Editor's Note: The river training and protection works are very important part of management of the bridges. The following is the extract of the chapter VIII of the IRBM. Members are requested to improve the content
The object of river training/protection works is to prevent the river from damaging railway formation, bridges and other structures. The training/protection works will have to be decided depending on the reach in which the river is situated namely:
a) Upper reaches (Mountainous)
b) Submontane reaches (Foot hills)
c) Quasi-alluvial reaches (Trough)
d) Alluvial reaches, and
e) Tidal reaches
These streams have narrow and deep cross section with very steep bed slopes. The gorge is often deep and narrow with formation of rapids . The discharge is extremely variable and their beds are interspersed with large size bed material consisting of rock, boulders, shingle and gravel. The rise of flood in them is very sudden and flashy. The water is heavily sediment laden, with high concentration of suspended load.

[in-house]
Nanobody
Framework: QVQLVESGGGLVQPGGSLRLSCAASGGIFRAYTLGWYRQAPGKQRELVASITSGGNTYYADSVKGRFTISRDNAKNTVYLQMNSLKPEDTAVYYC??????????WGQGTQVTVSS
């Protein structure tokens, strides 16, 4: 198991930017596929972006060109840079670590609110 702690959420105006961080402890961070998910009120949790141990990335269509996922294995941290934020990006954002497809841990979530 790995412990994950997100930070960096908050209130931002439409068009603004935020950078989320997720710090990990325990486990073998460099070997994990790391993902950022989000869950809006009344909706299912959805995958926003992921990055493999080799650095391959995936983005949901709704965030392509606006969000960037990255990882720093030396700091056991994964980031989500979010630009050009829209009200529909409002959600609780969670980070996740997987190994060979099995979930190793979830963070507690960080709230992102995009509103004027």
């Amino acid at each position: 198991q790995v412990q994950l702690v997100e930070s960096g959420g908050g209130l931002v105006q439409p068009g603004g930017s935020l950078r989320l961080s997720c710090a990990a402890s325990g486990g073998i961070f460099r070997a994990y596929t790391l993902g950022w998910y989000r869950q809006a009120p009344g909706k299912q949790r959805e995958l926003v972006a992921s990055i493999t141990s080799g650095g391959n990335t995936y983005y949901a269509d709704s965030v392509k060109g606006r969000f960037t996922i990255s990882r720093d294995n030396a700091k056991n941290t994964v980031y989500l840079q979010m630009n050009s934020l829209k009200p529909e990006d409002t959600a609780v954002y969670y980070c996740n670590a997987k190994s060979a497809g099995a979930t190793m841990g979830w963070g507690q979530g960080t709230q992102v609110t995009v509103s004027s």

2. Suggested protective measures:
The following protective measures are suggested/ recommended for adoption.
a) Suitable protective fenders of concrete, rolled steel or rails may be provided upstream of the bridge to reduce the impact on piers and abutments due to rolling boulders down steep slopes.
b) Measures for controlling soil erosion and landslips, improving stability of side slopes and arresting bed load in boulder bedded hilly terrains should be undertaken.
c) The formation of gullies by the water coming down the hills can be prevented by afforestation, construction of gully/ check dams, contour bunding, debris basins, chambers or wells. These should be cleaned as frequently as necessary.
d) Stability of side slopes can be improved by provision of adequate drains, breast and toe walls etc.
e) Properly designed chutes with paved apron at the entrance with adequate free board may be used in Railway cutting for leading the water of mountainous streams down the hill slopes. Alternatively, suitably designed catch water drains on water-shed side may be constructed.
The rivers in these regions have a flatter bed slopes generally form 1 in 50 to 1 in 500. The velocity and its sediment transporting capacity gets reduced encouraging deposition of excess sediment load.